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"Memphis Does Hanukkah" at the Jewish Museum

Masterpieces & Curiosities: Memphis Does Hanukkah features Los Angeles–based designer and artist Peter Shire‘s Menorah #7 (1986) and is part of a series of exhibitions that looks at the individual works in the museum’s collection. One of the original members of Milan design collective Memphis Group, Shire has dabbled with Judaica objects numerous times throughout his career—making use of oddly shaped and balanced geometries, fabricated with industrial materials, bright colors, and “finish-fetish” detailing. This is evidenced in the Menorah #7, currently on display. The work is synonymous with the Memphis aesthetic established by Ettore Sottsass and is exhibited alongside vintage Memphis pieces by Shire, Sottsass, and Michele de Lucchi, as well as related ephemera.

Masterpieces & Curiosities: Memphis Does Hanukkah The Jewish Museum 1109 5th Avenue New York Through February 12, 2017

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Explore David Bowie's extensive Memphis furniture collection due to be auctioned

Late British musician David Bowie's substantial collection of Memphis furniture is to be auctioned off. Before his death on January 10 this year, Bowie was a big fan of the Memphis design group and Italian designer Ettore Sottsass's work. During his lifetime, Bowie had accumulated more than 100 items of numerous sizes. Notable parts of his collection include Ettorre Sottsass's Carlton bookcase, the ‘Valentine’ Portable Typewriter, Martin Bedin's Super Lamp, and Peter Shire's Bel Air armchair. The items will be sold at Sotheby's auction house in London on November 11 this year. Now Sotheby's third auction since Bowie's death, items are expected to fetch between $70 and $8,600 (the Carlton Bookcase being the item in question touted for that price). “The works produced by the historical avant-garde design collaborative Memphis Milano, led by Ettore Sottsass, could not have found a more receptive and tuned-in audience than David Bowie,” said Cécile Verdier, co-head of 20th-century design at Sotheby’s. “This is design with no limits and no boundaries,” she continued. “When you look at a piece of Memphis design, you see their unconventionality, the kaleidoscope of forms and patterns, the vibrant contrasting colours that really shouldn’t work but really do.”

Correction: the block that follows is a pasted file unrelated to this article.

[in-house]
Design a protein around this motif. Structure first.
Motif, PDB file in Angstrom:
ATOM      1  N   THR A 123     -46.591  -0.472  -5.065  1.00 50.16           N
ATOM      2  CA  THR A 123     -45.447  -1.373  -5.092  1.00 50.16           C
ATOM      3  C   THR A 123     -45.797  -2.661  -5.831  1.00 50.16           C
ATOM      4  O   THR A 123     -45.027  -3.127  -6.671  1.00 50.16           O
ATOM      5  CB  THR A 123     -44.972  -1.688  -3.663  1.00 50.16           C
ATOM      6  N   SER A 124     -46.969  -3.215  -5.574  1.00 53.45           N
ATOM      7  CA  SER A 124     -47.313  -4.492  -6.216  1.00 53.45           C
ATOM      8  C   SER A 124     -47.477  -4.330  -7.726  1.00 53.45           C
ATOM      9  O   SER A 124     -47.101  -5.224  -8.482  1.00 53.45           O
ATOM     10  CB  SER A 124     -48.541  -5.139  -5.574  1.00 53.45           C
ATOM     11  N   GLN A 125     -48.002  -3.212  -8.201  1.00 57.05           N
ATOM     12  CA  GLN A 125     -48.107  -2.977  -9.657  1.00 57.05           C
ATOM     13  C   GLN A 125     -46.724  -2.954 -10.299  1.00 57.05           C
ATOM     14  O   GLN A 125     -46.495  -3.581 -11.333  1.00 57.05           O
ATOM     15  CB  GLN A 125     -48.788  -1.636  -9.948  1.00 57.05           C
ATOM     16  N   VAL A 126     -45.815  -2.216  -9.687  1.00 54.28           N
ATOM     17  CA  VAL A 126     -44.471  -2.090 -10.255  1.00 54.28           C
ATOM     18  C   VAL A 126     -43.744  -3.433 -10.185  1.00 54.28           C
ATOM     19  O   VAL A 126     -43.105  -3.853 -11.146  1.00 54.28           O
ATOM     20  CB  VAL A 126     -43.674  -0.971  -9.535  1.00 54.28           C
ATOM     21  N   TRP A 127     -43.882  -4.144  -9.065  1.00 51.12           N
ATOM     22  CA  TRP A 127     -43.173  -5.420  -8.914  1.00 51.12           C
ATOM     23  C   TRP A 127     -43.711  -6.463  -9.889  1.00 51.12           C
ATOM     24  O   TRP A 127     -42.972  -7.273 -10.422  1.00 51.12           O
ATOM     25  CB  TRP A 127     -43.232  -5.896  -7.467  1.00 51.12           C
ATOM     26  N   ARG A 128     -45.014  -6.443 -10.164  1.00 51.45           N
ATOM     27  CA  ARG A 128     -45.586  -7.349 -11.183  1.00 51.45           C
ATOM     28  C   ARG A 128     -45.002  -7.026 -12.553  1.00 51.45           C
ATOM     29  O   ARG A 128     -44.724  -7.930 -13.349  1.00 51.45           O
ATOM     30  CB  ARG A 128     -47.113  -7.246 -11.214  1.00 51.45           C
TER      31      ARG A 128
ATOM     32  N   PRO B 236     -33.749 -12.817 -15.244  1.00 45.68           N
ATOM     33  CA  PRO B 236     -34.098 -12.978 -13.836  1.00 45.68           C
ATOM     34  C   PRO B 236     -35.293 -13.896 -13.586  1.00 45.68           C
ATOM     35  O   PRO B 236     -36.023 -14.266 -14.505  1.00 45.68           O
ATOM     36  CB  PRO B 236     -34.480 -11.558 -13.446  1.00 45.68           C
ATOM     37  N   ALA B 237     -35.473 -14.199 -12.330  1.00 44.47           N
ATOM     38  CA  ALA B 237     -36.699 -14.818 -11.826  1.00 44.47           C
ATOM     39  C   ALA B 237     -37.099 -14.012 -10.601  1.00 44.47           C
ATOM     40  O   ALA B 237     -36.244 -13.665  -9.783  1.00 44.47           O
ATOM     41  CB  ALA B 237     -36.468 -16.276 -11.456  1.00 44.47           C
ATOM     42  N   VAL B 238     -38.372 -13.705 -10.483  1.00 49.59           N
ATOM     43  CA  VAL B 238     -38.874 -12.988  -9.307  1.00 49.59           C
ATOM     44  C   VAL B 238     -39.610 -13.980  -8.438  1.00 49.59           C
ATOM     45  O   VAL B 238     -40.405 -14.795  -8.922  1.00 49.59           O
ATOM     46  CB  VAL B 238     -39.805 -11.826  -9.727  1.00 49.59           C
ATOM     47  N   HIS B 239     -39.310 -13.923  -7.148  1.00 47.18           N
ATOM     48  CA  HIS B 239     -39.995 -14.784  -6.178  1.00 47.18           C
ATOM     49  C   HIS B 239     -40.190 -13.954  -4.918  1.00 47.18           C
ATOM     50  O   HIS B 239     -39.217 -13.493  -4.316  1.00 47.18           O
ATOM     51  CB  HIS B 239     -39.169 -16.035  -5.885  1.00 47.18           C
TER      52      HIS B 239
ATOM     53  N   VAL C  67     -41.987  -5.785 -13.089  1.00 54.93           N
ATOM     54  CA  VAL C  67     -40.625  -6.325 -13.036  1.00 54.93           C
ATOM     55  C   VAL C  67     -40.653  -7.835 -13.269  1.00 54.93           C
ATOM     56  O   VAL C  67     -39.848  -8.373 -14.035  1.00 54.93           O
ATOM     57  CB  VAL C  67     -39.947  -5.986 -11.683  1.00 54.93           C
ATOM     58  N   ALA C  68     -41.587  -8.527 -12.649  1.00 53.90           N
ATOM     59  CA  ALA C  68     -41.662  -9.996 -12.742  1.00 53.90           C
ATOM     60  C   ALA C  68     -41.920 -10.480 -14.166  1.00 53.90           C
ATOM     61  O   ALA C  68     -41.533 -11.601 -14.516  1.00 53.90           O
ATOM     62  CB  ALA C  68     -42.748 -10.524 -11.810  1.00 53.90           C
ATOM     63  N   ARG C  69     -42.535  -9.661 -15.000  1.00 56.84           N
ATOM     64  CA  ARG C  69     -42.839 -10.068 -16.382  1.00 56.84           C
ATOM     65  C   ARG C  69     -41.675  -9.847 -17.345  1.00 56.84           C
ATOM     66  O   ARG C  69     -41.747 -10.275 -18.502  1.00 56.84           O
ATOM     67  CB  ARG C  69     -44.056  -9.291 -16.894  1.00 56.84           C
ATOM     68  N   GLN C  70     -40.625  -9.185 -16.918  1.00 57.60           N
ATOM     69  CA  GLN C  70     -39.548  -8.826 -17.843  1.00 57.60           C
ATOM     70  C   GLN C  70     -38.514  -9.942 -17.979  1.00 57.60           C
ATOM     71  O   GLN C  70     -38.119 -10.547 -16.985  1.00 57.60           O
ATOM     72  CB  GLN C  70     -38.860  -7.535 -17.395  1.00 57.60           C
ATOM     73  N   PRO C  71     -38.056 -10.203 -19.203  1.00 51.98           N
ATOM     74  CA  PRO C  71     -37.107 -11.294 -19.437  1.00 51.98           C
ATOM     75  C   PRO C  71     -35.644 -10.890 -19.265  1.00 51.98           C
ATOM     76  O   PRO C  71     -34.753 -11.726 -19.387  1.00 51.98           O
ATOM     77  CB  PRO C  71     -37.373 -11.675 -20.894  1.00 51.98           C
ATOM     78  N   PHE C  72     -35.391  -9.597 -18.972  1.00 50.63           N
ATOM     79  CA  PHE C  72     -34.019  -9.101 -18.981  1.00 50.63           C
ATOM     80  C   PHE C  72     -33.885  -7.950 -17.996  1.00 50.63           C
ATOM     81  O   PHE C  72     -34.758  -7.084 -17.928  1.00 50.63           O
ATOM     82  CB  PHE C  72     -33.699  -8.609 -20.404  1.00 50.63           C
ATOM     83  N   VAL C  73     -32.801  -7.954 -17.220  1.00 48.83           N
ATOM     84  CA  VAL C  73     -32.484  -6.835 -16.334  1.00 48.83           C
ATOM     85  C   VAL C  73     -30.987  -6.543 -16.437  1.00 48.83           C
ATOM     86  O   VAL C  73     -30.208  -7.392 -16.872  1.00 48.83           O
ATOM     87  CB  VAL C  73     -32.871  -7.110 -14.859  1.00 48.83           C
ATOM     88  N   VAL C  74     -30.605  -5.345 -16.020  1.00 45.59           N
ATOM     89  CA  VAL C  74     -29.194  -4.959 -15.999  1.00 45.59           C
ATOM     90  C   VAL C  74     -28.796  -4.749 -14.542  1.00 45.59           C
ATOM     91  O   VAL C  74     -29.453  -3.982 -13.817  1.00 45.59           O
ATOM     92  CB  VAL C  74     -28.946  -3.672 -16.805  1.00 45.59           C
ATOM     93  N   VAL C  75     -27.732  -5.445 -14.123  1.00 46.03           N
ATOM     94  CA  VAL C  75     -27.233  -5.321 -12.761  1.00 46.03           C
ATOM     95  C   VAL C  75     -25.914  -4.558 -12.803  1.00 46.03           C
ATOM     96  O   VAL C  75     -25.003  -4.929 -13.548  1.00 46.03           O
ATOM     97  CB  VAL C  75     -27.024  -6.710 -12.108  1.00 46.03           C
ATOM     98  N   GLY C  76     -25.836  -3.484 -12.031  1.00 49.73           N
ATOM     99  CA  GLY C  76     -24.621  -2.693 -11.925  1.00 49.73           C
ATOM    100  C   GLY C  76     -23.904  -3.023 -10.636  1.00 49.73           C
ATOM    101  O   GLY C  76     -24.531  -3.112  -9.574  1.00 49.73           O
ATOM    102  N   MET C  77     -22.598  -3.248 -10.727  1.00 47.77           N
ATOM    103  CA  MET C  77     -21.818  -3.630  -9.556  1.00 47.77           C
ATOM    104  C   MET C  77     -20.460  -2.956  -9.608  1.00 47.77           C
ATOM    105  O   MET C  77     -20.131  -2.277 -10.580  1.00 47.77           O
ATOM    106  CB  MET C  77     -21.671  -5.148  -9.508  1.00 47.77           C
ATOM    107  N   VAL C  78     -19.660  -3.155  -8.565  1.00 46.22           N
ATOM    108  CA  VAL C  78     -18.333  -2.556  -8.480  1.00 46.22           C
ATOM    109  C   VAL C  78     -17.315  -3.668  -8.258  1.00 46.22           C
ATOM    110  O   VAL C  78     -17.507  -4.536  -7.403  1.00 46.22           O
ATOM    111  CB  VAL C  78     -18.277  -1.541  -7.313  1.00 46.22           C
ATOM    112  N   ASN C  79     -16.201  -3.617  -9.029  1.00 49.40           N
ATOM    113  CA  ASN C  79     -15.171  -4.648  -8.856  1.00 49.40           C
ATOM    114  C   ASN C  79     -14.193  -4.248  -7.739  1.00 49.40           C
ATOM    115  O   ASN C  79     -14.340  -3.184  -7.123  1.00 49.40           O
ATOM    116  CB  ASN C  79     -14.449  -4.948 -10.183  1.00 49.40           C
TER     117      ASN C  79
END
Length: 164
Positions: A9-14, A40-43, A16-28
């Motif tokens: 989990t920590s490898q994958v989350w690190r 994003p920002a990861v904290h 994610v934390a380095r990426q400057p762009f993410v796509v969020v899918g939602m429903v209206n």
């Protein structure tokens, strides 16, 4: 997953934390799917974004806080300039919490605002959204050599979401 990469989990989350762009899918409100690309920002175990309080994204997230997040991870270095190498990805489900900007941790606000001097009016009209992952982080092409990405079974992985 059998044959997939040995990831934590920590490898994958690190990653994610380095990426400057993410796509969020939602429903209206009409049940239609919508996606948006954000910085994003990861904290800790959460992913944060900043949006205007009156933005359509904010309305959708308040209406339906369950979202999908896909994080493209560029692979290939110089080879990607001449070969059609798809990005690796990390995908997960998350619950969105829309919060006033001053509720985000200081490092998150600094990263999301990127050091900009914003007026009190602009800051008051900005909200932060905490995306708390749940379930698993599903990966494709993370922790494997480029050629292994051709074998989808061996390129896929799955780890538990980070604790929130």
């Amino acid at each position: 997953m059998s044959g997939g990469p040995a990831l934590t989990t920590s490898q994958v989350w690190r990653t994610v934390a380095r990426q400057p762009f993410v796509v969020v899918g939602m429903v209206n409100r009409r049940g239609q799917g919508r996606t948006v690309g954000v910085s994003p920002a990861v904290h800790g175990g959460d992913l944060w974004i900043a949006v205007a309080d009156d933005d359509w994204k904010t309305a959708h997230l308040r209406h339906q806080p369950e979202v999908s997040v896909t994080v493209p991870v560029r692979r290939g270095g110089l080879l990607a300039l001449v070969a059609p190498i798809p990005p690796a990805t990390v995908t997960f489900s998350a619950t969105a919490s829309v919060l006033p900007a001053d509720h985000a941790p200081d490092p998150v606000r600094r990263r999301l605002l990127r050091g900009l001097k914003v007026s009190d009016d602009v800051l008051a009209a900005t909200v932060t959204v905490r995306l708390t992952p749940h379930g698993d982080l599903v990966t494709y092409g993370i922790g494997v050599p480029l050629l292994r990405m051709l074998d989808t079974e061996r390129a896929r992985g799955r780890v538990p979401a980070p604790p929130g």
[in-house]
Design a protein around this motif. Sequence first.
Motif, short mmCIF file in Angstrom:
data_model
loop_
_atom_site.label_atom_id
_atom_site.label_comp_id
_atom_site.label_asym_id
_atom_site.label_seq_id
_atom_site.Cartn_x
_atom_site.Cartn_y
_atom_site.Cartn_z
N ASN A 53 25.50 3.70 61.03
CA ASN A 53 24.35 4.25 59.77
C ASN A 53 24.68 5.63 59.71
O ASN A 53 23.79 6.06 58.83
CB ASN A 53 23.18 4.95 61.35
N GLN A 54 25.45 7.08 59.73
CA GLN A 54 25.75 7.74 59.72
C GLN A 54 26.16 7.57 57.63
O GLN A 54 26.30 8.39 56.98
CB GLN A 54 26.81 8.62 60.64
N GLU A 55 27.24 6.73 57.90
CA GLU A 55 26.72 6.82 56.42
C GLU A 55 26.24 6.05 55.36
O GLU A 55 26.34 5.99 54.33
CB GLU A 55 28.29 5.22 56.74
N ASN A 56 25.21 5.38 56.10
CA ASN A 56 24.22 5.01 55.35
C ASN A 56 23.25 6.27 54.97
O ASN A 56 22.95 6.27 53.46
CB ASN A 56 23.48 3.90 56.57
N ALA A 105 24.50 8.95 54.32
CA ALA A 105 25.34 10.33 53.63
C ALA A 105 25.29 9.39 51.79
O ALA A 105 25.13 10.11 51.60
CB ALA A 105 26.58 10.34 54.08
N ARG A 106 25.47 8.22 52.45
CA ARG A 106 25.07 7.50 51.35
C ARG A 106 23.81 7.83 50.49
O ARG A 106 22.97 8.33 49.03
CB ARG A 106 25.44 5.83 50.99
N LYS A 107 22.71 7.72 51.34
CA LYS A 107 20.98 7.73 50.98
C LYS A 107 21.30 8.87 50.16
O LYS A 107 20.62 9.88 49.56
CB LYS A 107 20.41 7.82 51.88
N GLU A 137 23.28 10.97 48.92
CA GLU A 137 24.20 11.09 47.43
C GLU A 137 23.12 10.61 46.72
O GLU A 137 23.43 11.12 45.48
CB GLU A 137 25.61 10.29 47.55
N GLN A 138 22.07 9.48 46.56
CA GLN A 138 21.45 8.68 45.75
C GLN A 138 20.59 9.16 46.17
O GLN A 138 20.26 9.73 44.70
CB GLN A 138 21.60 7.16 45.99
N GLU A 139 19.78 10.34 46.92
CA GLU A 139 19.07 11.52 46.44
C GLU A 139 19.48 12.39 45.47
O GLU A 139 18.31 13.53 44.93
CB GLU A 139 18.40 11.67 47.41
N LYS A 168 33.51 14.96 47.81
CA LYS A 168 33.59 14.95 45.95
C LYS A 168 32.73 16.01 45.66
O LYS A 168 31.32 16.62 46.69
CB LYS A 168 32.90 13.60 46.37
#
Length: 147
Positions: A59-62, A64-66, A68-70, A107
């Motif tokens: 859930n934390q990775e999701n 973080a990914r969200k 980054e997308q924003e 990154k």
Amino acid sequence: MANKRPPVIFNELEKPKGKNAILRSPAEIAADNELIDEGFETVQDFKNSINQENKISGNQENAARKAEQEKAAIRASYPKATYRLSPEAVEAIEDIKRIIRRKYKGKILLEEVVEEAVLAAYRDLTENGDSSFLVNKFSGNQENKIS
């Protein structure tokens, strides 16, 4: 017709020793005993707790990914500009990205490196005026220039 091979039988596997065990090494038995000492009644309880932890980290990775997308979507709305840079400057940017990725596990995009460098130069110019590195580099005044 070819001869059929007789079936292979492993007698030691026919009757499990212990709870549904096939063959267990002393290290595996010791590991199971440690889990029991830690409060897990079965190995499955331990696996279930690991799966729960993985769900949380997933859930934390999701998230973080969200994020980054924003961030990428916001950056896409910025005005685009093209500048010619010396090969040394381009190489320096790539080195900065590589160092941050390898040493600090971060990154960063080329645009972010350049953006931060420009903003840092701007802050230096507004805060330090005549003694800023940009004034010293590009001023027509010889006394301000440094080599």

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"Memphis Does Hanukkah" on view at the Jewish Museum

Now on show at the Jewish Museum is Masterpieces & Curiosities: Memphis Does Hanukkah. The exhibition features Los Angeles-based designer and artist Peter Shire's Menorah #7 (1986) and is part of a series of exhibitions that looks at the individual works in the museum's collection.